Creating Isolated Python Environments with Virtualenv

Why bother? Because with virtualenv, we can create multiple Python environments on one computer that each:

  1. Are capable of running different versions of Python. Right now I have both Python 2.7 and Python 3.8 installed and am able to create either environment and run code with that version’s Python interpreter.
  2. Isolate dependencies for external libraries. Once the environment is created, I do not have to worry about different versions of Python libraries conflicting with each other.
  3. Allow you to have a unique Python environment for different projects.

Potential Pitfalls to Avoid with Virtual Environments

  1. Know your OS. The virtualenv commands are slightly different from the Mac, or Linux OS to Windows.
  2. Be aware of variations within Windows systems. Some Stack Overflow post commands mention a “Bin” folder, however on my particular version of Windows, the folder was named “Scripts” instead. There was no “Bin” folder that I could locate.
  3. Choose the right library. Virtualenv is used commonly. Virtualenvwrapper is a handy tool to make it easier to use. I chose virtualenv as my virtual environment library because I wanted to maintain both Python 2.7 and 3.8 environments. For versions of Python 3.3 and above, check out venv, an easy to use, stock library and virtual environment generator. I am looking forward to checking both of these out. Virtualenv can be installed with the pip installer.

Consider upgrading your Python version to the latest stable release. Follow these steps to download and install Python 3.8 in the Ubuntu terminal.

Install pip in your new Python version:

curl -O https://bootstrap.pypa.io/get-pip.py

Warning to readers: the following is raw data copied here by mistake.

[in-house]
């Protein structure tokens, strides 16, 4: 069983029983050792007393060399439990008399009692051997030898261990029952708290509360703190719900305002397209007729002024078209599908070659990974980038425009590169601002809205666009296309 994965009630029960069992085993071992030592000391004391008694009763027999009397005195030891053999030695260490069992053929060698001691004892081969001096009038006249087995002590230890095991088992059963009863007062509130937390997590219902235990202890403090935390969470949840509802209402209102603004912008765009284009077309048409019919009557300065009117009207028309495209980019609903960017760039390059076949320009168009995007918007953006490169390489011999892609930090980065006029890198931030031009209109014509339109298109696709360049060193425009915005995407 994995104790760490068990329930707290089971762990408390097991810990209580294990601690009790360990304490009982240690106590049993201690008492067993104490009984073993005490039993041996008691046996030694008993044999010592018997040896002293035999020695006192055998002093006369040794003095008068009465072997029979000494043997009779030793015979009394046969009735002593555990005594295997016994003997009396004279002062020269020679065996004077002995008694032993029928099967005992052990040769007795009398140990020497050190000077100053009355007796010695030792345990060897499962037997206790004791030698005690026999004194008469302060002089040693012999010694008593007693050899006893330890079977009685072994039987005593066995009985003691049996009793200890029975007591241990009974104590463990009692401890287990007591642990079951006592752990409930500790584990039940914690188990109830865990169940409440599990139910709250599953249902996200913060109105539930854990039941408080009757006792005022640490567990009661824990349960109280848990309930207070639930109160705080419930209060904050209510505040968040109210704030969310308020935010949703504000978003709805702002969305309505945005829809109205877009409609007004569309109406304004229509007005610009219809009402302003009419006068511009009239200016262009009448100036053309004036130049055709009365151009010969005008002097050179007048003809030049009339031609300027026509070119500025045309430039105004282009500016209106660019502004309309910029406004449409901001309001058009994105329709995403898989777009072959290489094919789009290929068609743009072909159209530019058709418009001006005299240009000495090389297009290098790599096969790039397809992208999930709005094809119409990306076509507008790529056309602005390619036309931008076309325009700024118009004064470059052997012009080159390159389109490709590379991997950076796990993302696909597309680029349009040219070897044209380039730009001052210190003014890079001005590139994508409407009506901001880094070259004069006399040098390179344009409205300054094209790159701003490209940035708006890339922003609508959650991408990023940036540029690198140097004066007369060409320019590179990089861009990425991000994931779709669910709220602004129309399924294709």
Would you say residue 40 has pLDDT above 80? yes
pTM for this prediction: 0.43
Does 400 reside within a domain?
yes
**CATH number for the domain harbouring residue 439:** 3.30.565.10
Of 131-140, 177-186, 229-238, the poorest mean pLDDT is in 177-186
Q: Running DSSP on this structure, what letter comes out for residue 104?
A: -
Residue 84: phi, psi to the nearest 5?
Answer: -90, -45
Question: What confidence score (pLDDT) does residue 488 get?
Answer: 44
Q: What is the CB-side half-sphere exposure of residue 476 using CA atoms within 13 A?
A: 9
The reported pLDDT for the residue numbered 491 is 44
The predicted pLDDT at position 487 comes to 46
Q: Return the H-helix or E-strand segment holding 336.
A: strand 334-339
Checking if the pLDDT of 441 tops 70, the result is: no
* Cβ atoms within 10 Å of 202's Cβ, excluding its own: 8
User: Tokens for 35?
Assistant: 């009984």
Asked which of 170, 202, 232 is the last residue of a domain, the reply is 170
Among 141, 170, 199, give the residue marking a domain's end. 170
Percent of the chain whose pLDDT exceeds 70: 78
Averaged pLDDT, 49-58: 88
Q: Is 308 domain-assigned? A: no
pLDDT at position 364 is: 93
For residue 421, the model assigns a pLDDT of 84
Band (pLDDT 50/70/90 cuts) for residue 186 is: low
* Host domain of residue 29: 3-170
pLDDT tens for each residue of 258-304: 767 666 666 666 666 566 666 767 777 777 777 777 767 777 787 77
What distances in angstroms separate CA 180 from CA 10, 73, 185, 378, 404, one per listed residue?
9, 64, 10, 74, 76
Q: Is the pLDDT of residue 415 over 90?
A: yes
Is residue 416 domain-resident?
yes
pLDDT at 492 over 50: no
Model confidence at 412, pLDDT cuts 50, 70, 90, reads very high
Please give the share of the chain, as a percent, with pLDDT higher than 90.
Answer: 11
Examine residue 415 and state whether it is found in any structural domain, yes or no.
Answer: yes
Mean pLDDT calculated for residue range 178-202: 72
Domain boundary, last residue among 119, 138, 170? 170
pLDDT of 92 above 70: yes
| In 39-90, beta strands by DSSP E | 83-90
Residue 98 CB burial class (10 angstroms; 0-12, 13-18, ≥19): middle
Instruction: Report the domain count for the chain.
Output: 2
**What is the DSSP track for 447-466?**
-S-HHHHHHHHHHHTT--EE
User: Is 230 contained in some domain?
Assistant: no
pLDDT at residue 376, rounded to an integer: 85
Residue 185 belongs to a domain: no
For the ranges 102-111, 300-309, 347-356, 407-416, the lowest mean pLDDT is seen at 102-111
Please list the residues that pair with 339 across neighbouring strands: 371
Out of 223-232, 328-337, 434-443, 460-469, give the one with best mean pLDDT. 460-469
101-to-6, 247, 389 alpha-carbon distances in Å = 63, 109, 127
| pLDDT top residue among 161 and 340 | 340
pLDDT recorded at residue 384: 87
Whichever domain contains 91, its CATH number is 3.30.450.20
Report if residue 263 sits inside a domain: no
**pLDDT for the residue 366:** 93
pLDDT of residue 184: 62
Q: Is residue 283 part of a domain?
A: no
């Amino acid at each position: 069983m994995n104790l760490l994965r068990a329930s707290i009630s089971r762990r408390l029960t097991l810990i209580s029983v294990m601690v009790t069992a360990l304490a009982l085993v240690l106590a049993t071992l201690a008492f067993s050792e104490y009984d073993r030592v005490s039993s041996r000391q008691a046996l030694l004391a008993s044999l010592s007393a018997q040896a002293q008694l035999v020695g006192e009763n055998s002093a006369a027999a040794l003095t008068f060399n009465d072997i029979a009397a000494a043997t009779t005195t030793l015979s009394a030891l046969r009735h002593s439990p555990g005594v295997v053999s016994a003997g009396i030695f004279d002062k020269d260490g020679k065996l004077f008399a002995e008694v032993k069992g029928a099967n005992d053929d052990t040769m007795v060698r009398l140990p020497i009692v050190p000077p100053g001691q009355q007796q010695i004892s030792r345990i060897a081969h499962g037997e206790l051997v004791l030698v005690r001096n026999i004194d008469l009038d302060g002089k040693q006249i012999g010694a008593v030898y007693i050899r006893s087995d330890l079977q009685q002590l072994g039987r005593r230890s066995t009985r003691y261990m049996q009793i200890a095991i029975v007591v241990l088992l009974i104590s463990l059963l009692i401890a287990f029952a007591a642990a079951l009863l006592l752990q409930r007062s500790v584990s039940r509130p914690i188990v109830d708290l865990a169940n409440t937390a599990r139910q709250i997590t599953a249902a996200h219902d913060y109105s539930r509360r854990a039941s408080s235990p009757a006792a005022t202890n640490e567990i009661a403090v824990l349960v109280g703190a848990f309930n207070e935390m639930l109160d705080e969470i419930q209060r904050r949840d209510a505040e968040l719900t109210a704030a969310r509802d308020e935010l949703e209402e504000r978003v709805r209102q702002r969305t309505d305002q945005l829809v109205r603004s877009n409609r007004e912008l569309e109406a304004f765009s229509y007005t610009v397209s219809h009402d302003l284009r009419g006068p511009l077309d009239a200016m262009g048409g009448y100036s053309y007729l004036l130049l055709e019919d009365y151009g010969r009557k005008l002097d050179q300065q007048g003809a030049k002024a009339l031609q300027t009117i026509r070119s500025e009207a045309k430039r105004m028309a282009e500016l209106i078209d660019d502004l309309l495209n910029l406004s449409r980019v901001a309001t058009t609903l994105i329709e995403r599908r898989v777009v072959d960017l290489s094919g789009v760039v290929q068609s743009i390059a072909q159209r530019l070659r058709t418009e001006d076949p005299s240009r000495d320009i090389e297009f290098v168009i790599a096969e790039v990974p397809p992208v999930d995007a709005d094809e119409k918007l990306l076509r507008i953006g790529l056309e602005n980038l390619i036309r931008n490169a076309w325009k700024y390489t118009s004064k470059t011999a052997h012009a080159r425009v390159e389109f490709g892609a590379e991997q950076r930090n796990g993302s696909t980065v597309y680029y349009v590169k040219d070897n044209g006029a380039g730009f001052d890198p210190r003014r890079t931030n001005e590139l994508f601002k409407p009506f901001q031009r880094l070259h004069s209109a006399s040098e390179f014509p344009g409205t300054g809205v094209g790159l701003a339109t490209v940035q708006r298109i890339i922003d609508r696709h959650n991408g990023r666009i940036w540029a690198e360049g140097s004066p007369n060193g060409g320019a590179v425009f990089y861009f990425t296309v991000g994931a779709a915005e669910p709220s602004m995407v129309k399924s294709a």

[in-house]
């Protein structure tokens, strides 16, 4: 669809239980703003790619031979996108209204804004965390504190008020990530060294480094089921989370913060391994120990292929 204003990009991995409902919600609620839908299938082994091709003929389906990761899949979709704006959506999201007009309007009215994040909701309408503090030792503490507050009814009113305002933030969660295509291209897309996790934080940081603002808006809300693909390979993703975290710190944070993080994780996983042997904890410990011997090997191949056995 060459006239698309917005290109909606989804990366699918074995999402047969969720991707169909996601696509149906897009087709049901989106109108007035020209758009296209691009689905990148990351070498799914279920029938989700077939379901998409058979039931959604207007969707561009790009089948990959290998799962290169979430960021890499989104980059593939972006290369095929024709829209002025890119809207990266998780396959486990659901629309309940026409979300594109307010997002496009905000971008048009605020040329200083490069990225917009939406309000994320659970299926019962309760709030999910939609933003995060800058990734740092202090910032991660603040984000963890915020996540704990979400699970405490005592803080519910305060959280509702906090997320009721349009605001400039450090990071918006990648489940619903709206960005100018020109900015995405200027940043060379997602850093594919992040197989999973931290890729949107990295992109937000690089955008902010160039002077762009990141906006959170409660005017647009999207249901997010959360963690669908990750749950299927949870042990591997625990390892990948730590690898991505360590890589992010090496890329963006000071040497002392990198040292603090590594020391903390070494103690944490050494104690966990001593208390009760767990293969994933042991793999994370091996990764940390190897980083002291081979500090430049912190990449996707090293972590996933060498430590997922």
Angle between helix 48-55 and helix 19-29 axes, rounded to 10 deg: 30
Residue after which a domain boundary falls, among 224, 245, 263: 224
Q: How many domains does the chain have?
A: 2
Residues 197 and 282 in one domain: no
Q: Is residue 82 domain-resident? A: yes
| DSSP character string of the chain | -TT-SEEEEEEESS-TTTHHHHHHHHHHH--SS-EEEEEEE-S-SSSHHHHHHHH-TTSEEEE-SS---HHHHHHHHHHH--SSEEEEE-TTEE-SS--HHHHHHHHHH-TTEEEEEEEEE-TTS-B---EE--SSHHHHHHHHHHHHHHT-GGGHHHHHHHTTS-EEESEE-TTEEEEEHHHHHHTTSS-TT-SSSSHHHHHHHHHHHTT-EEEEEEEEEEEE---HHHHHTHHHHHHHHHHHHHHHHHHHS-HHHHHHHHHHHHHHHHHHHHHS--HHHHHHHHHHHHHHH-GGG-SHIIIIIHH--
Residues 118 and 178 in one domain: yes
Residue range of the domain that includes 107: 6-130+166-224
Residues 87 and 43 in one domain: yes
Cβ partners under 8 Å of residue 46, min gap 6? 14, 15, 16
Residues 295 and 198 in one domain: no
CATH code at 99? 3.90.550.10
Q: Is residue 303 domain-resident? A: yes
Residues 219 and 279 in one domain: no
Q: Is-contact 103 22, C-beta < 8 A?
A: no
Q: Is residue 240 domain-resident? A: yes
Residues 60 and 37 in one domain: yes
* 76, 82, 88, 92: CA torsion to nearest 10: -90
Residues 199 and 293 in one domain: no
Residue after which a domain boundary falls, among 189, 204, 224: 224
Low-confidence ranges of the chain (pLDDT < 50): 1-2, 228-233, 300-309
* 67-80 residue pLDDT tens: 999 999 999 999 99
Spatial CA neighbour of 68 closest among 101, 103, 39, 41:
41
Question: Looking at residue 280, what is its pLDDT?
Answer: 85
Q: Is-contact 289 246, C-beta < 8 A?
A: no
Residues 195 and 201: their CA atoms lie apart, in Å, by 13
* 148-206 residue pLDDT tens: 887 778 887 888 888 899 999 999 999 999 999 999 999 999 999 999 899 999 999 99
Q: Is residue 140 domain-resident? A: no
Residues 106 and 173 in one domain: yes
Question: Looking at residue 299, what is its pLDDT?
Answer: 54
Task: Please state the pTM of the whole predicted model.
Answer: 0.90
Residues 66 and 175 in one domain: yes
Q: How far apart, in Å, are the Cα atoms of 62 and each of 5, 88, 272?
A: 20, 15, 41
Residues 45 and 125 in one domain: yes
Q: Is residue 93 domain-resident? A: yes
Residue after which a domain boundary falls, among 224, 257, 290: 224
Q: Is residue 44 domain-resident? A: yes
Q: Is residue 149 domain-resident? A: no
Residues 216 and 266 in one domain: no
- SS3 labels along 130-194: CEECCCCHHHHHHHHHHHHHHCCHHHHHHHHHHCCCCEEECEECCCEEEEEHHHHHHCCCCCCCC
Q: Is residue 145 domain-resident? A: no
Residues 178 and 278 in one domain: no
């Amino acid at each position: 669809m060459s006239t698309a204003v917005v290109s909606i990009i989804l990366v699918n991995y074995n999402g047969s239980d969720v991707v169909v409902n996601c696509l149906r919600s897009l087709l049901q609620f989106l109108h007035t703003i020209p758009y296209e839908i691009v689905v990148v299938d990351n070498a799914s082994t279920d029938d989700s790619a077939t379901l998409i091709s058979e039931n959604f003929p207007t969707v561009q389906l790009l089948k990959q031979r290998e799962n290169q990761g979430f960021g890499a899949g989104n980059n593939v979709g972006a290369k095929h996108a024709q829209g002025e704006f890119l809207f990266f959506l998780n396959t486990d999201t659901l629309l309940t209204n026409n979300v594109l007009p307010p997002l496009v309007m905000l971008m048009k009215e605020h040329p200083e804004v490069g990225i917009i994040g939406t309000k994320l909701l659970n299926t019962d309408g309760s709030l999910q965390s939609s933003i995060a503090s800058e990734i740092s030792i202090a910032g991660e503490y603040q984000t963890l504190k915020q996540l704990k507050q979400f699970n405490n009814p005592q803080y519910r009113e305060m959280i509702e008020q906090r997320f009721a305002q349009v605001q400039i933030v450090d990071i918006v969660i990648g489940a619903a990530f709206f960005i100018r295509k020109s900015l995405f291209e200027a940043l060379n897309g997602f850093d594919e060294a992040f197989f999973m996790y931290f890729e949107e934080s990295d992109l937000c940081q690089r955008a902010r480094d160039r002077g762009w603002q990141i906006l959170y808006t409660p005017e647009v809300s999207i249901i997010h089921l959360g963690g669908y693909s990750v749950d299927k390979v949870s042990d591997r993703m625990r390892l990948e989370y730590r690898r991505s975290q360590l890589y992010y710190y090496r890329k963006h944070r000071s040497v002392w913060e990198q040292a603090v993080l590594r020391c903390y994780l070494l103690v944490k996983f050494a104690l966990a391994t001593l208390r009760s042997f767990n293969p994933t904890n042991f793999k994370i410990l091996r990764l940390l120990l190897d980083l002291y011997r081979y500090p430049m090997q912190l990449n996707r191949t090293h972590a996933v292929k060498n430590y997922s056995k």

python3.8 get-pip.py

Install Virtalenv on Ubuntu: sudo pip3 install virtualenv

Create a virtual environment with your new Python version. Enter in terminal or command prompt: virtualenv -p python3.8 38env

Activate your new virtual environment on Ubuntu:

cd Desktop/Projects/Sandbox38/bin && source activate

Alternatively, activate an env on Windows:

cd Desktop\Projects\your_env_name\scripts & activate

Activation and Deactivation for Mac vs. Windows

Now you can now install pandas 1.0 in your virtual environment.

python3.8 -m pip install pandas

Below are two screenshots of the command prompt and some links that helped me.

Below, I am creating a 2.7 environment, even though I have Python 3.6 as my system version. Note how many times I messed up before I got it right, thanks to a Stack Overflow post. It took many previous tries but I eventually figured out how to create a Python 2.7 virtualenv, which I named py27_env. I ran the python.exe file inside of the folder where I installed Python 2.7, which I named py27.

To run a program, I entered python some_program.py. I also tested by downloading modules that did not have a version compatible with Python 3.6. It worked and installed the correct Python 2 version in my py27_env environment.

create_py2_env

Below, I am activating a previously created environment named 14pandas. Then I am installing two external Excel libraries, pandas and xlrd in my environment. The one-liner posted above is a more efficient way to activate a virtualenv.

virtualenv_Activate

More Reading on venv, pipenv, and virtualenv

5 thoughts on “Creating Isolated Python Environments with Virtualenv

Leave a Reply

Fill in your details below or click an icon to log in:

WordPress.com Logo

You are commenting using your WordPress.com account. Log Out /  Change )

Google photo

You are commenting using your Google account. Log Out /  Change )

Twitter picture

You are commenting using your Twitter account. Log Out /  Change )

Facebook photo

You are commenting using your Facebook account. Log Out /  Change )

Connecting to %s

This site uses Akismet to reduce spam. Learn how your comment data is processed.